Study: Ceramic Coatings Largely Unaffected by Material Fatigue

While repeated stress usually leads to material fatigue, ultra-thin ceramic layers do not change. They only break if the load limit is exceeded, according to new TU Wien research. Graphic courtesy of TU Wien.

Extremely thin ceramic coatings can completely change the properties of technical components. Coatings are used, for example, to increase the resistance of metals to heat or corrosion. These coating processes play a role for large turbine blades, as well as for extremely stressed tools in production technology.

Researchers at the Vienna University of Technology (TU Wien) (Vienna, Austria) have investigated what determines the stability of such coatings. According to their research team, the results were quite surprising, in that the ceramic layers broke down in a completely different way than metals.

Material fatigue hardly plays a role. Instead, the decisive factor is the intensity of extreme load peaks, or a so-called stress intensity factor. This finding could change the methods used to measure and further improve the resistance of thin films in the future.

Millions of Stress Tests

“In many applications, periodic loads are a big problem,” says Helmut Riedl, a professor at the school and head of TU Wien’s applied surface and coating technology research group within the school’s Institute of Materials Science and Technology. “If you expose metal components to a certain force over and over again, changes occur on a microscopic scale.”

Some atoms may shift. In this process, layers are formed that can slide past each other, and tiny cracks may develop, ultimately leading to the fracture of the entire component. Such material fatigue effects are ubiquitous in engineering, and they are well-studied.

What happens to thin coatings under stress, however, is less clear. “Ceramic coatings are often only a few nanometers to 10 microns thick,” says Lukas Zauner, who is working on his dissertation within the applied surface and coating technology research group. “Their behavior is completely different from that of a solid piece of ceramic.”

To gain a deeper understanding of this behavior, new measuring methods were developed. Instead of testing metal and ceramic coating together, as is usually done, the team left out the metal and instead produced extremely thin samples of various ceramic materials typically used in thin-film technology.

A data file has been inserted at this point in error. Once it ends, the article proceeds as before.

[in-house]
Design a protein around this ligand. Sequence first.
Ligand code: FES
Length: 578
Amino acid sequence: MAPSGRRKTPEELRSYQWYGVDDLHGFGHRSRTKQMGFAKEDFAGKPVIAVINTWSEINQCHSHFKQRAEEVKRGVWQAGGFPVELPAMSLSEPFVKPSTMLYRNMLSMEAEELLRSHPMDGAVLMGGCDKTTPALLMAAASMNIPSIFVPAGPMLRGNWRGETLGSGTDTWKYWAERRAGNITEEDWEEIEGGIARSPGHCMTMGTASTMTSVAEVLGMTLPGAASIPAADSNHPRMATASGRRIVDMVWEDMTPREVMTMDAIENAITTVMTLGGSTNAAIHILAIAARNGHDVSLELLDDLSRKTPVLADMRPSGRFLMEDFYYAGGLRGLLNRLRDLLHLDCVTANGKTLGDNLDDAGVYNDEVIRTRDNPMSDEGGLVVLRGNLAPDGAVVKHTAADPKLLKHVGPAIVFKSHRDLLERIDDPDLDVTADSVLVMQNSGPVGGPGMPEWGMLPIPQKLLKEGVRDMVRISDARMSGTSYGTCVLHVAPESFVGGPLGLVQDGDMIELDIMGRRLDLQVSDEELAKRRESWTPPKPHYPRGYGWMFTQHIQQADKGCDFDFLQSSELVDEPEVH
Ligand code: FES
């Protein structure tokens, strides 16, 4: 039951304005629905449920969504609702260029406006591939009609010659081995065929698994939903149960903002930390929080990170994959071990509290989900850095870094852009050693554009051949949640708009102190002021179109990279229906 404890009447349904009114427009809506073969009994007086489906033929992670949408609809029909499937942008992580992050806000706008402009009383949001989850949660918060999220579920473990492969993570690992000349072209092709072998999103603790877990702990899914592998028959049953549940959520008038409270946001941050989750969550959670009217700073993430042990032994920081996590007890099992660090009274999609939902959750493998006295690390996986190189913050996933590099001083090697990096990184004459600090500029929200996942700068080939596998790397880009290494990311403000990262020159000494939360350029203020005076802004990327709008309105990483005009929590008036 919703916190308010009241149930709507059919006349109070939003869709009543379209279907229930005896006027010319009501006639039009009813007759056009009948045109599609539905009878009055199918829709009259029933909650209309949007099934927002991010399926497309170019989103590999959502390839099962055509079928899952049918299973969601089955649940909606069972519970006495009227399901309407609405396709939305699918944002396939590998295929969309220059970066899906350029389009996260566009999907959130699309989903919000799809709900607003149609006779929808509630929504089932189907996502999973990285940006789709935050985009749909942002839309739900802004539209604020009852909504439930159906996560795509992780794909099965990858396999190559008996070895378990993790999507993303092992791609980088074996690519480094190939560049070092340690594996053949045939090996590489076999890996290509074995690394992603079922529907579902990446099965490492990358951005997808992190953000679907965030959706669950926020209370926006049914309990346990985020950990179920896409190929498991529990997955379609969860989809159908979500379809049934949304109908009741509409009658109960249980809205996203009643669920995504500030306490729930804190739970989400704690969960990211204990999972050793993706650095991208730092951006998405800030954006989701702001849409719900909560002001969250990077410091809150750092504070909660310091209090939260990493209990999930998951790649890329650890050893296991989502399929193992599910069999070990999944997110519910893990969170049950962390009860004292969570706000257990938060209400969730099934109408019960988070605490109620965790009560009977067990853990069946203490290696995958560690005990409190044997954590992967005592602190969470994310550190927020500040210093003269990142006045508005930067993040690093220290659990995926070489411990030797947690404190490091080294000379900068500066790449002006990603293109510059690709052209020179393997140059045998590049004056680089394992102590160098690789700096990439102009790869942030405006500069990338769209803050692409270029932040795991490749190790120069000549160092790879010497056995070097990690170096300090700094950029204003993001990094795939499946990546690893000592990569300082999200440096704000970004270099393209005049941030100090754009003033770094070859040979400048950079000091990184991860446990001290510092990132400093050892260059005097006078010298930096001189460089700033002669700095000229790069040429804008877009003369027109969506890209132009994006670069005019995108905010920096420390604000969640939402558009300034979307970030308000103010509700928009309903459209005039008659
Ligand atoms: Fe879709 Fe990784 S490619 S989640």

From there, they exposed these samples to various loads in a precisely defined way, up to 10 million times each.

Helmut Riedl-Tragenreif, Lukas Zauner and Rainer Hahn. Photo courtesy of TU Wien.

Synchrotron X-rays

In order to find out exactly whether the atomic structure of the ceramic changes as a result, the team took the experimental set-up to Hamburg, Germany.

There, extremely well-focused X-rays are available at DESY’s synchrotron [the Deutsches Elektronen-Synchrotron, Germany’s national research center], which can be used to examine various points of the sample during the loading experiment. Even tiny changes in the crystal structure or in the distance between neighboring atoms are detectable in this way.

But surprisingly, these measurements showed that the ceramic practically did not change. Even millions of load cycles did not lead to material fatigue.

“Standard ceramics would fatigue according to certain patterns, similar to the kind of fatigue we know from metals,” Riedl says. “But these extremely thin layers do not show this behavior. Their microstructure is the same at the end as it was at the beginning.”

This means that the durability of those thin layers is determined exclusively by their fracture toughness. For example, if a load limit characteristic of the material is exceeded, then the layer is suddenly and irreversibly destroyed, according to the researchers.

However, all loads below this limit are not a problem, they say. These loads do not age the ceramic layer, and they are found to have practically no effect.

New Research Strategies

“Of course, this also changes the strategy how research projects for new, improved ceramic coating materials are designed,” Riedl says. “You don’t have to do lengthy long-term tests, it’s enough to find out by a simple load test which material breaks under which force. You don’t have to worry about how to possibly alleviate fatigue effects in the material.”

“You just have to find materials with the highest possible fracture toughness,” Riedl concludes. “Even this is not a simple task, on its own.”

The team has already found an excellent candidate for this in a certain form of chromium diboride, which proved to be surprisingly resistant in the tests. This finding paves the way for future studies, according to the team.

Source: TU Wien,

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